She was surrounded by a sea of faces, and at the very best her orders had left her offices with dubious expressions. At least one person looked angry and was about to open her mouth. Sarett fixed her with a look that should have left her a smouldering crater on the far wall, for the first time glad for her scars and mismatched eyes. The officer gave a sour frown and turned back to her station, jabbing with unnecessary force at the controls. So long as she followed Sarett’s orders, she could hammer at the keys all she wanted.

“The 12th just finished launching,” Myles said, cutting through the thick silence, “They’re still following their patrol route.”

Sarett nodded, and walked to a communications panel. She jabbed the button that would open a circuit to Tolliver with her artificial hand, her thumb clicking on the switch. Part of her hoped that the news wouldn’t have reached the man yet, but critical situational awareness moved fast - especially when you had an AI construct whose job it was to disseminate information.

“Commander Tolliver, I need you to order the 12th to a defensive position around Artemis,” Sarett said into the comm, “They are to maintain positioning where they have easy lines of acceleration and fire to the Coalition fleet, but they are not to arm weapons or fire until I give the order to do so. If they are on the receiving end of incoming that is anything less than obvious and coordinated assault, I want them to put Artemis between themselves and that incoming. Under no circumstances are we to fire first.” She let the comm button up without waiting for a response. She was aware that Tolliver would hate that order with every fiber of his being, but she also knew he would obey it.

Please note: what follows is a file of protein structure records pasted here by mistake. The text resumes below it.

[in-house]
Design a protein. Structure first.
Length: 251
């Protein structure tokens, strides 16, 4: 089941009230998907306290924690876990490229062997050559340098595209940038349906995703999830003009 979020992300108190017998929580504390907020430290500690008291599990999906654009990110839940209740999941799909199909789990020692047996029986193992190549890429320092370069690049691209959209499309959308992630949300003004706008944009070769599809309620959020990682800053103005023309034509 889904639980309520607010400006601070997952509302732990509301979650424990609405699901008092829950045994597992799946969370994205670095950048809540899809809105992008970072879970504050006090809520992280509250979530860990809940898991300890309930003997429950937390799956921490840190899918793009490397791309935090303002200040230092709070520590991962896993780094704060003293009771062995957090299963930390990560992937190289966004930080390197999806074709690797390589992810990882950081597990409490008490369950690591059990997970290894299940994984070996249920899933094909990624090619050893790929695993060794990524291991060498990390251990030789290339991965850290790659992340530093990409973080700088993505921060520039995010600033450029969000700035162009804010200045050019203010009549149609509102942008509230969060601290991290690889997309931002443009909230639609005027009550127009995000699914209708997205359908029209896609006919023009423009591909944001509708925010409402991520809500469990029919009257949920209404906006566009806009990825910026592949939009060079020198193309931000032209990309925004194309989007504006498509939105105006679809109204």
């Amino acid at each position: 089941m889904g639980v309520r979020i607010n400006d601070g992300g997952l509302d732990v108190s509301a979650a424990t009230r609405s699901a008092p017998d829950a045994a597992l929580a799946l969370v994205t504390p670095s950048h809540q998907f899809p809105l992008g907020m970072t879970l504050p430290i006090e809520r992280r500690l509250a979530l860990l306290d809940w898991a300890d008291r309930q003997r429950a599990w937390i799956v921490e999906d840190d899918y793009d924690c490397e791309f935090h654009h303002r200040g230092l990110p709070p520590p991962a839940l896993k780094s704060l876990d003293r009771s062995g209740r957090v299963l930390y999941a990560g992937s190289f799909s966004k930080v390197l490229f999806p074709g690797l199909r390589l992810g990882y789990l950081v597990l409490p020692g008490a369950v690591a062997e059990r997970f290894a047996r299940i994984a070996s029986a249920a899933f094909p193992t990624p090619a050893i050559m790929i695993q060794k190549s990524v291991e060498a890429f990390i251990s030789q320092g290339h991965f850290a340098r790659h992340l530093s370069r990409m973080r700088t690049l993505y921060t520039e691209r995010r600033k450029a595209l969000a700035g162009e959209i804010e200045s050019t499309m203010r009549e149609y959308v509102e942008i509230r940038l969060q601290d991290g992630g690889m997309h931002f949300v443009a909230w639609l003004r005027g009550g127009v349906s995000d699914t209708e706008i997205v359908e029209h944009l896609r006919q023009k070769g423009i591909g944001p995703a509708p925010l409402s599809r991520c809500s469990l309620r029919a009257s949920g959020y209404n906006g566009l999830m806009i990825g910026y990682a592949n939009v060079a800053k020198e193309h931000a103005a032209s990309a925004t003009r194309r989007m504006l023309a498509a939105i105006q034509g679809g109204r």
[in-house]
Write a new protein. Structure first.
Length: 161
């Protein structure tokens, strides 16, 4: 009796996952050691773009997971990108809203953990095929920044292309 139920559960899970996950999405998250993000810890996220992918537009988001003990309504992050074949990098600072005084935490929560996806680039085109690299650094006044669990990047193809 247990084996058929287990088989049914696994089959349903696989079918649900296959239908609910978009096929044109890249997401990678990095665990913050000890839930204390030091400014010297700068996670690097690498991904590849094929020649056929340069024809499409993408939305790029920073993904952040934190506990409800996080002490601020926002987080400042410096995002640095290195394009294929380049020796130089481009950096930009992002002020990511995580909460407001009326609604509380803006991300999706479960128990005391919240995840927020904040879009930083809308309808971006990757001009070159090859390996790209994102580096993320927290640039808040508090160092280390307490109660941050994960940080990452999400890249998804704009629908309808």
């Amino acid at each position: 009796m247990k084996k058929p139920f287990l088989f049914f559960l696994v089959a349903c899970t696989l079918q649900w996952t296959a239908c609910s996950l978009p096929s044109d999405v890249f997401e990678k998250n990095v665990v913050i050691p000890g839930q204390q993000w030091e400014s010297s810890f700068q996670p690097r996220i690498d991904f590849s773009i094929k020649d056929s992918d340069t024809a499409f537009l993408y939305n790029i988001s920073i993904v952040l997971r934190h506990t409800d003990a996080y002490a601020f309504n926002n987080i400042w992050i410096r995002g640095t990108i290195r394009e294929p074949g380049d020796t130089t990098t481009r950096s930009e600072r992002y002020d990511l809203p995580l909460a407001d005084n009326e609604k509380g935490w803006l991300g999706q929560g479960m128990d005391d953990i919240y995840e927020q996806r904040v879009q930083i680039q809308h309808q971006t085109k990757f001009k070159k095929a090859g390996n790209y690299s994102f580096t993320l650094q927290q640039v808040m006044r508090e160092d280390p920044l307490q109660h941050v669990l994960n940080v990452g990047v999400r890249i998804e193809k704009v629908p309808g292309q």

That would at least keep Artemis from being the ship that re-ignited the war. The action felt almost pointless; she wasn’t the commander of this expedition. That was the Admiral aboard the Terracotta.

“Ava, you’re sending our data to the flagship?” Sarett said, aloud.

“Yes ma’am,” Ava said over the ship’s speakers, “They’re collating and disseminating the information now.”

“Good,” Sarett said, and ran a hand through her hair. She looked at Tanner, “Contact Fleet Command. We need to talk.”
I just finished! 50,424 words.

I'll keep working on this story; I like it, and it's not done yet. I think with all the garbage removed, this is just about "Part One" of a three part story, with around 30k words for a final 85-90k word count. This was fun!

Every single one of my NaNo projects has been "part of a story" by the time I hit 50k. This one, even pared down from the "fluff for word's sake" would easily be 90,000 words for an actual novel. My NaNo project for 2015 would have been easy to turn into a trilogy.

I have enough outline to do that, but I decided I'd rather work on something else. That went...okay, I guess.
I pootled over 45,000 last night. Almost there!

So far, very few people have died in this story - at least, directly. The main character does have a comment about how the deaths she's responsible for are "more than I wanted; fewer than I could." I don't know if I'll keep that, but.

There is also the deliberate-on-my-part ambiguity of what exactly happens to Bad Guys once the nominal heroes have dealt with them. There isn't an Arkham Asylum in this story, and the Heroic Stronghold is devoid of a cell block or a series of well-hidden oubliettes.

That could go some dark places, but while this story is fundamentally a tragedy, I want it to be a different kind of tragedy than "oh, well, it turns out everyone's a piece of shit." I don't like reading those stories, let alone writing them. Maybe we'll find out in the sequel.

Speaking of going some dark places, I'm reading a fun superhero romp right now called All Those Explosions Were Someone Else's Fault, which is absolutely my 2017 Novel Title Of The Year and, so far, a pretty good time. The followup novel, which is coming out in a year, will apparently be called They Promised Me the Gun Wasn't Loaded.
I absolutely agree, for those reasons and a few more. The admission to conscious myth-making is by far the biggest indicator, and is the huge flashing light that makes me go Hey, this guy's not telling the truth.

I just run into an absolutely stunning number of people who read the books only at face value, and spend our first date telling me how Rothfuss is a bad writer because Kvothe is a poorly-written Mary Sue. The stories have some problems and Rothfuss isn't a perfect author (who is?) but the flaws in the story aren't "your failure to read between the lines." Grump grump.

I'm probably going to be finished with All Those Explosions... by the weekend. Next review coming soon~